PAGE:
The U.S. trade deficit grew in May for the second consecutive month, the Bureau of Economic Analysis said Wednesday.
The bureau said the trade gap rose from downwardly $40.1 billion in April to $45 billion in May on exports of $187.1 billion and imports of $232.1 billion.
From month to month, exports were down by $500 million and imports were up by $4.4 billion, said the bureau, which is part of the Commerce Department.
The largest trade gaps were familiar. The trade deficit with China rose from $24.1 billion in April to $27.9 billion in May. With the European Union, the gap shrank month to month from $12.4 billion to $10.8 billion. Trading with the Organization of Petroleum Exporting Countries slipped from $6.6 billion to $6.3 billion.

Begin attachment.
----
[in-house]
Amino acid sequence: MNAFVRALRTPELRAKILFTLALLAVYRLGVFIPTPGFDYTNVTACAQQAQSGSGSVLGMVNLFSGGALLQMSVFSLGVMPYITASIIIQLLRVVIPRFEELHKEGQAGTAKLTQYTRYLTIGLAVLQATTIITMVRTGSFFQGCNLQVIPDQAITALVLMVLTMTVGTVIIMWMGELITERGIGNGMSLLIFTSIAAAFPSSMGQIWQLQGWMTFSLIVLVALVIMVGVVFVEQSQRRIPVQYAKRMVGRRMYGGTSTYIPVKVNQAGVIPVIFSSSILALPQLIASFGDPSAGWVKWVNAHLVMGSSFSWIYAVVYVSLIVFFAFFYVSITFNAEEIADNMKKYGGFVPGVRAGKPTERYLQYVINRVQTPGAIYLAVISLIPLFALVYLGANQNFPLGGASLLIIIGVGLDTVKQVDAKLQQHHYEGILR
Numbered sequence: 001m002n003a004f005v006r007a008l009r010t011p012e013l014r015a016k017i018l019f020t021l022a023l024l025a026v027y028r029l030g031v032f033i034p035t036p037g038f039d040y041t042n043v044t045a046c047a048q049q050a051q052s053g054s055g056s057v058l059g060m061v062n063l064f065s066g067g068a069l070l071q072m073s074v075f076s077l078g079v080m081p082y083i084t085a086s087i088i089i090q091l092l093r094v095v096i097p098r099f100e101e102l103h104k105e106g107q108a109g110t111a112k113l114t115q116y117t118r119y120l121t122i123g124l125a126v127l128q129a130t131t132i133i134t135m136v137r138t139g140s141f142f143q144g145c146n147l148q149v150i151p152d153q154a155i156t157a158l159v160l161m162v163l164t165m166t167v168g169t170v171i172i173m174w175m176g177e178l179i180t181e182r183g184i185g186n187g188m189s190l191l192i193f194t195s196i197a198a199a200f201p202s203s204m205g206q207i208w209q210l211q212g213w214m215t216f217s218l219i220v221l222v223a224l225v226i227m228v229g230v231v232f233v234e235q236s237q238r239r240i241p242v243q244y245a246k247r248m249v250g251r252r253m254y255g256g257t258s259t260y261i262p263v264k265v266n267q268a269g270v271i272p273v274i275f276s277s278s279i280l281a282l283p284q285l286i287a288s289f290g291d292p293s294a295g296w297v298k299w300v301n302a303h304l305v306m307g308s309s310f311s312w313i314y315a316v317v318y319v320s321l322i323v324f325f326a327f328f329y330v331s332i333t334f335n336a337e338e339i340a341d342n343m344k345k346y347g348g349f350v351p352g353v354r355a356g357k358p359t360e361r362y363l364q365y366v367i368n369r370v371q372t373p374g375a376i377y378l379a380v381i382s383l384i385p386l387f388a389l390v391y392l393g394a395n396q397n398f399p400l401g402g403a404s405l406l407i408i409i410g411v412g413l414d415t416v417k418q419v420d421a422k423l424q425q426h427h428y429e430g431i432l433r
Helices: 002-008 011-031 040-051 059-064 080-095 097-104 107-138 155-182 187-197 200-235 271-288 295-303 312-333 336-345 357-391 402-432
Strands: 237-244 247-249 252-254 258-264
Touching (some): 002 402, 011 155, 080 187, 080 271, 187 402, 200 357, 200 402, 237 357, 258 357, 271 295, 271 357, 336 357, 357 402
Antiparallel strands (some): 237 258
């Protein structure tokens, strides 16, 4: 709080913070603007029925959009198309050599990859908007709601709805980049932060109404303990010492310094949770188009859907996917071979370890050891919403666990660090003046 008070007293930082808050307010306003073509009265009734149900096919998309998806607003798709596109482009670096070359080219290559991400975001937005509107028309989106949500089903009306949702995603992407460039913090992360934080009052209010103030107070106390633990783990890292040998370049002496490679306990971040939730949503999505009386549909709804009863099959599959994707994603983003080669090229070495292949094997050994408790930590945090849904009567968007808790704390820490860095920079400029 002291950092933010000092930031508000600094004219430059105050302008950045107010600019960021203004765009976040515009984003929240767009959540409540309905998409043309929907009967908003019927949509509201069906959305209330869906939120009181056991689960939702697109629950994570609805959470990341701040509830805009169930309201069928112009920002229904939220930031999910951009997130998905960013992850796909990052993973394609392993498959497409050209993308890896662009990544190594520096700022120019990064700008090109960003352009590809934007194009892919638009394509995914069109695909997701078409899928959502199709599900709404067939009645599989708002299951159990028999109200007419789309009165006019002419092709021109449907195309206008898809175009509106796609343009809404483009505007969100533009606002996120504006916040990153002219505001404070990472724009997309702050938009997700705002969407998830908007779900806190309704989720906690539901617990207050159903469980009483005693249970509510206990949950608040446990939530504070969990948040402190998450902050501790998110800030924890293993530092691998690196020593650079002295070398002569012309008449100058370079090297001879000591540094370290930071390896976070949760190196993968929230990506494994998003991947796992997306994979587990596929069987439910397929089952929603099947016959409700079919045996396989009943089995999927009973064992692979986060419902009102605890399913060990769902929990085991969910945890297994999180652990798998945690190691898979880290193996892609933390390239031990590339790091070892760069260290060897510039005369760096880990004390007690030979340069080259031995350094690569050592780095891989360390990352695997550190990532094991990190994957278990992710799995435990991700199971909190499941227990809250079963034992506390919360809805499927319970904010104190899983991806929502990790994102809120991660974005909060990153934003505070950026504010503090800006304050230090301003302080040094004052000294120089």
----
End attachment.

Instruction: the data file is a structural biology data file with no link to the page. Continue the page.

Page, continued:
Deficits were also posted with Japan at $5.4 billion, Mexico at $5.3 billion, South Korea at $2.5 billion, India at $2.3 billion, Canada at $1.9 billion and Venezuela at $1.5 billion.
Major trading partners with which the United States runs a trade surplus is a shorter list with smaller numbers. Surpluses were posted with Hong Kong, Australia, Singapore and Brazil. The total surplus with these trading partners came to $6.5 billion, which was more than offset by the deficit with OPEC by itself.
Economists had expected the trade gap to remain steady at about $40 billion.
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